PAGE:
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the French to incorporate themselves with the Helvetic republicbut the scenes which had passed in the cantons had such an effect upon their minds, that they resolved to throw themselves into the arms of Austria, rather than accept the blessings of Gallic fraternity. The diet took measures for the expulfion of the partisans of France from the offices into which they had intruded themselves; and intimation was given to the emperor of the danger to which the Grison state was exposed from the proximity of a French army. Troops were levied for the defence of the country; the leaders of opposition were feised; the menaces of the French refident were treated with contempt; and, on the 17th of October, à convention was signed with the court of Vienna, the latter engaging to defend the territories and maintain the privileges of the Grifons. The next day, an Austrian army entered the country; and the chief posts were occupied by the strangers, in concert with a small force of the natives. The French, unwilling at that time to come to a rupture with the emperor, dissembled their resentment; and Schauenburg declared, that the good understanding between the directory and that prince would not be impaired by these proceedings.

SPAIN AND PORTUGAL.

The Spaniards are not so decidedly hostile to Great-Bria tain as their allies would wish them to be.; nor are they difposed to gratify the enmity of the French against Portugal. At their desire, the directory consented to receive a plenia potentiary from the court of Lisbon, that a negotiation might be recommenced; but the terms which the French wished to impose were not calculated to produce an accommodation.

ITALY.

In treating of the important affairs of Italy, we will begin from the north. In the Cis-alpine ftate, a violent conteft arose in the summer between the adherents of the Parisian directory and those politicians who wished to fecure to that republic the dignity

of independence. Incensed at the spirit of the latter, the French despots refolved to new-model that constitution which had been given as an extraordinary favour to the Cil-alpines, and to punith, by

imprisonment, or in other modes, the opposers of their will, It was peremptorily, required by the French envoy, in September, that the two councils should be reduced to one half of their former number, that their power and privileges should be diminished, and a decisive sway over them be assigned to the five directors, whom it was easy for those of Paris to influence. To this arbitrary mandate the deputies were obliged to submit; and the new constitution was fanc+ tioned.

The Ligurian republic is in a similar state of dependence, Those members of the legislature, who were inclined to follow their own sentiments in preference to the dictates of France, have been deprived of their seats; and

tyranny

and rapacity harass the unfortunate Genoese.

A revolution has been recently effected in Piedmont, The French ascribed, to their extraordinary moderation, the long delay of such a change; but the perfidy and the anti-republican spirit of the court of Turin, they said, rendered it necessary to put an end to his authority. It was not a difficult talk to execute this determination. Early in December, several fortified towns were feised by French detachments; and the enemy gained complete poffeffion of Turin. On the oth, the king was constrained by his powerful adversaries to relinquish the sovereignty of Piedmont; and an agreement was figned, by which he ordered his subjects to obey the French, who engaged to introduce no change that should affect the catholic religion, or the security and property of individuals. He was permitted to retire to the island of Sardinia; and Piedmont was subjected to a republican form of government.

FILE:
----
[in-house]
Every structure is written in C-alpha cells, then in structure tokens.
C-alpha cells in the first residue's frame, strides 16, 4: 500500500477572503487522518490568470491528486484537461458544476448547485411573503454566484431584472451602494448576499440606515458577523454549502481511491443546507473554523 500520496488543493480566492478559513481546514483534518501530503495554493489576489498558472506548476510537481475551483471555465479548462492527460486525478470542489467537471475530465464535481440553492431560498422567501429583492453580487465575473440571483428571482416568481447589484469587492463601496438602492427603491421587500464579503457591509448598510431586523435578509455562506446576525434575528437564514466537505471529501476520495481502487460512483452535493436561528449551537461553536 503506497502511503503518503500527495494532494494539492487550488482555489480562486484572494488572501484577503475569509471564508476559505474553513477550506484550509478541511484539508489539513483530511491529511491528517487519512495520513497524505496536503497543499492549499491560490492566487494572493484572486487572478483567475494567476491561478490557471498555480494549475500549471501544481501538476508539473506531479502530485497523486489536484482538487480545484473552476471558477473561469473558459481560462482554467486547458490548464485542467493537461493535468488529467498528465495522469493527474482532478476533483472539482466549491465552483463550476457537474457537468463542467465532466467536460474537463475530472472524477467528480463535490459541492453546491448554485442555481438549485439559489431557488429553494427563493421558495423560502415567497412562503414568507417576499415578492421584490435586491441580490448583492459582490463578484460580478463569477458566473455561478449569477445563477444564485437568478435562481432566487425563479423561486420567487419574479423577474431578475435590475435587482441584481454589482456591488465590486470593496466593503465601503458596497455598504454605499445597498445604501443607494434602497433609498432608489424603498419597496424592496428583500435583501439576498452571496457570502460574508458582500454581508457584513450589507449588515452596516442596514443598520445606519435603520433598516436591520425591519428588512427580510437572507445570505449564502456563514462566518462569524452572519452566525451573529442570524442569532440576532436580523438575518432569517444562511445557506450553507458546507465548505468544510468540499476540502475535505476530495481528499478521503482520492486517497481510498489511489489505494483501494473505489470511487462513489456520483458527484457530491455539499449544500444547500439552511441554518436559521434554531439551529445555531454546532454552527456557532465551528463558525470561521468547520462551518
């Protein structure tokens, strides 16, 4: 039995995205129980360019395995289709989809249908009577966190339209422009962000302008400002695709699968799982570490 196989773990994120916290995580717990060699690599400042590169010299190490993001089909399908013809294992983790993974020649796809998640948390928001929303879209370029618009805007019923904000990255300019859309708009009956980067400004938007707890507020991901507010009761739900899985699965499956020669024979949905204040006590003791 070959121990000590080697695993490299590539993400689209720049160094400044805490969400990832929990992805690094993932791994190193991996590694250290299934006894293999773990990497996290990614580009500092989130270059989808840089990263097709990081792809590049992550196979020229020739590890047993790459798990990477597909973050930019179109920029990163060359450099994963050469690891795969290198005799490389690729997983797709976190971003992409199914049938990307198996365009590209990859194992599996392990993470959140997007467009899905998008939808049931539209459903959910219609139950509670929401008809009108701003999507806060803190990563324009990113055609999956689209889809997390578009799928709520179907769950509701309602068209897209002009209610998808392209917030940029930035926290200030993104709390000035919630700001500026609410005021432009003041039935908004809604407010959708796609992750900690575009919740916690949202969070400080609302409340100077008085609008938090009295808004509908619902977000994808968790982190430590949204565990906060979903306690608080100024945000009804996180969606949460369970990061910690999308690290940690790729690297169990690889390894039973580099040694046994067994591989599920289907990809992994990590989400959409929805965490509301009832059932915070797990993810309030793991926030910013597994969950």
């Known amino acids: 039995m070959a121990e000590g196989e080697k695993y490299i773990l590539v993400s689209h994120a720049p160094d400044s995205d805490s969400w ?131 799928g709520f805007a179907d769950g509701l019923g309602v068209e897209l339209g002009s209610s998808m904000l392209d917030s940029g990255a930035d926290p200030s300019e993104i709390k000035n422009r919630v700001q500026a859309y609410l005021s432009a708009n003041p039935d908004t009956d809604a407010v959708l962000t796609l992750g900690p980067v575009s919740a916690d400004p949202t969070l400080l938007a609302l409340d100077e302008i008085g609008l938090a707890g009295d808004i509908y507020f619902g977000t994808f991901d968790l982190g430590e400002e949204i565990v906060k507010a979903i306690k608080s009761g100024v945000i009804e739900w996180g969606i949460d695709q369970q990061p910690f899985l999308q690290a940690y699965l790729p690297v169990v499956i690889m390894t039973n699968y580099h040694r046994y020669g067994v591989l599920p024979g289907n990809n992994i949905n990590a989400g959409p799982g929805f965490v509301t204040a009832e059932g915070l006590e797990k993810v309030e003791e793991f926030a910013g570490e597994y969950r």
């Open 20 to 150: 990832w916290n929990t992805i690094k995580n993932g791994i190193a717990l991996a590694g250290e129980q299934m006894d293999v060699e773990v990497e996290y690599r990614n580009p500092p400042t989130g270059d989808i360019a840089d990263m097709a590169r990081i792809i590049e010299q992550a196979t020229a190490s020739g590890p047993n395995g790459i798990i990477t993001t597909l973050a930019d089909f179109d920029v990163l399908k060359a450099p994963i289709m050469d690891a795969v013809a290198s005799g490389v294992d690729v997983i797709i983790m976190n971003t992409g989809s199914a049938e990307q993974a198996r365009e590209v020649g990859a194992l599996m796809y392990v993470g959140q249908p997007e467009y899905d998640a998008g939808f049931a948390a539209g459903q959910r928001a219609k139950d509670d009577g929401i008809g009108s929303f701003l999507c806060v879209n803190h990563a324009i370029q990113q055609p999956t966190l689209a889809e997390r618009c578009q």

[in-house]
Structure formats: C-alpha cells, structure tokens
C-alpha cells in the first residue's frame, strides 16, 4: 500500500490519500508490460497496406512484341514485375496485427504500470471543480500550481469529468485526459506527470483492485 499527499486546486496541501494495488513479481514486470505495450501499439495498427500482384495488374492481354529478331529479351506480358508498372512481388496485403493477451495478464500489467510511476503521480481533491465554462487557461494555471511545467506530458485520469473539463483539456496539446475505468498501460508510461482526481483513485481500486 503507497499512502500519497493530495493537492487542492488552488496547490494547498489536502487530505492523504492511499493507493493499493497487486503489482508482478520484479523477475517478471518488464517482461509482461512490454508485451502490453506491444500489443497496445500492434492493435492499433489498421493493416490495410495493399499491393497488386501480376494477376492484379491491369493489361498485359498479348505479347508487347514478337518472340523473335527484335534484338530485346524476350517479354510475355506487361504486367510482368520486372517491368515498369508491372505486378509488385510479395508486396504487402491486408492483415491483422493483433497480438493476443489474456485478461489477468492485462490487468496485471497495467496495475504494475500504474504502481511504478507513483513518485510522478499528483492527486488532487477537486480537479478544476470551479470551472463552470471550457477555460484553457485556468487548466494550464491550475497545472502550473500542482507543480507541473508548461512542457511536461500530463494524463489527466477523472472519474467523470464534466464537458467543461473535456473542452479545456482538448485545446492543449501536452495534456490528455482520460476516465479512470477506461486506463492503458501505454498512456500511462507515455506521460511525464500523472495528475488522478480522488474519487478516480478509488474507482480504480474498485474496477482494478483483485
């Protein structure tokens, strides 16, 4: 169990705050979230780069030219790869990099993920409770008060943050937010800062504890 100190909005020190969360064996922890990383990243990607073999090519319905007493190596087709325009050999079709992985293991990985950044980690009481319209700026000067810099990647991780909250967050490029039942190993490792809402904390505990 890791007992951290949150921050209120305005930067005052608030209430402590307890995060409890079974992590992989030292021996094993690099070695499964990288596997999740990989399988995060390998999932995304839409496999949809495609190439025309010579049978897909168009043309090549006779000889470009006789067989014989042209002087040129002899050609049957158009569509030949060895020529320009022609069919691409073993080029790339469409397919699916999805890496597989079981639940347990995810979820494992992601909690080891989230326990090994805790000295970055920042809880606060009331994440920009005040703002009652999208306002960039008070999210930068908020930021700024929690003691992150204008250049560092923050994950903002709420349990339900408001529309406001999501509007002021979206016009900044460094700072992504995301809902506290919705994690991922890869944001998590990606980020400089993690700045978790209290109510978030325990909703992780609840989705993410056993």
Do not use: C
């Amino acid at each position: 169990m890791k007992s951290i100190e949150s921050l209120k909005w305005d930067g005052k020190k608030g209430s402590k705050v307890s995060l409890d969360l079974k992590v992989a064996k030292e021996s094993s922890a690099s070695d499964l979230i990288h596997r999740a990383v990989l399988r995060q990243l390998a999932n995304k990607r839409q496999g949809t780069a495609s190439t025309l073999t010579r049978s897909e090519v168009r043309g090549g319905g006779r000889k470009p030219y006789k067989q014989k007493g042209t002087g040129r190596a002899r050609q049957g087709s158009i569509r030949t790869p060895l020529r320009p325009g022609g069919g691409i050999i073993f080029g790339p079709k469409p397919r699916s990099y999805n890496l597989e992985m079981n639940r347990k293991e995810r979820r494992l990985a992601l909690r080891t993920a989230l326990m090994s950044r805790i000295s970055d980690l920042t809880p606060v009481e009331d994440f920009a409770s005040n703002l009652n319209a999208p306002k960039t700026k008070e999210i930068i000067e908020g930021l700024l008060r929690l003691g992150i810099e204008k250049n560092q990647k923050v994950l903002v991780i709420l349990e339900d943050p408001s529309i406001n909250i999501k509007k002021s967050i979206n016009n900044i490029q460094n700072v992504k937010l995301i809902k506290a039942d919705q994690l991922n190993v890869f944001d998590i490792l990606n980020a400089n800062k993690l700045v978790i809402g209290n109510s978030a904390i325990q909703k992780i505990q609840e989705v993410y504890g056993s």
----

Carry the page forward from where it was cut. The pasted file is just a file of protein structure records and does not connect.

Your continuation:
The Roman commonwealth having excited the apprehension and jealousy of the king of Naples, and the French persisting in the support of an establishment which endangered the stability of his power, he was induced to listen to the reiterated persuasions of the court of London. He took the field in November, and made an irruption into the Roman territory, alleging that the erection of a republic in that country was repugnant to the treaty of Campo-Formio, and declaring his intention of compelling the French to renounce their usurpation. They were obliged to retire from various posts; but they soon returned with augmented force, defeated the Neapolitans, invaded the province of Abruzzo with fuccefs, and threatened the city of Naples with a visit. There is reason to believe, that the event of the war will be highly unfavourable to the king.

Though Malta is not usually considered as a part of Italy, it is at fo inconsiderable a distance from Sicily, that we may,

without impropriety, introduce in this place fome account of the late occurrences in that island. The government of the French foon became unpopular; and the Maltese did not conceal their discontent. To secure themselves more effectually from the violence which there was reason to apprehend, 'the former retired into the forts of the capital, whence they occasionally fired over the houses, so as to intimidate the inhabitants into the grant of supplies of provifion. A fleet of British and Portuguese ships appearing near the island, the French were summoned to an immediate surrender; and, on their refusal, the marquis Nizza formed a blockade with his vefsels, while fir Jaines Saumarez, who had borne an honourable share in the engagement at Aboukir, proceeded to Gibraltar, though not before he had fupplied the Maltese with arms and ammunition. On the 28th of October, the neighbouring isle of Goza, or Gozzo, was reduced by commodore Ball; but nở certain account has been received of the re-capture of the forts of Malta.

TURKEY.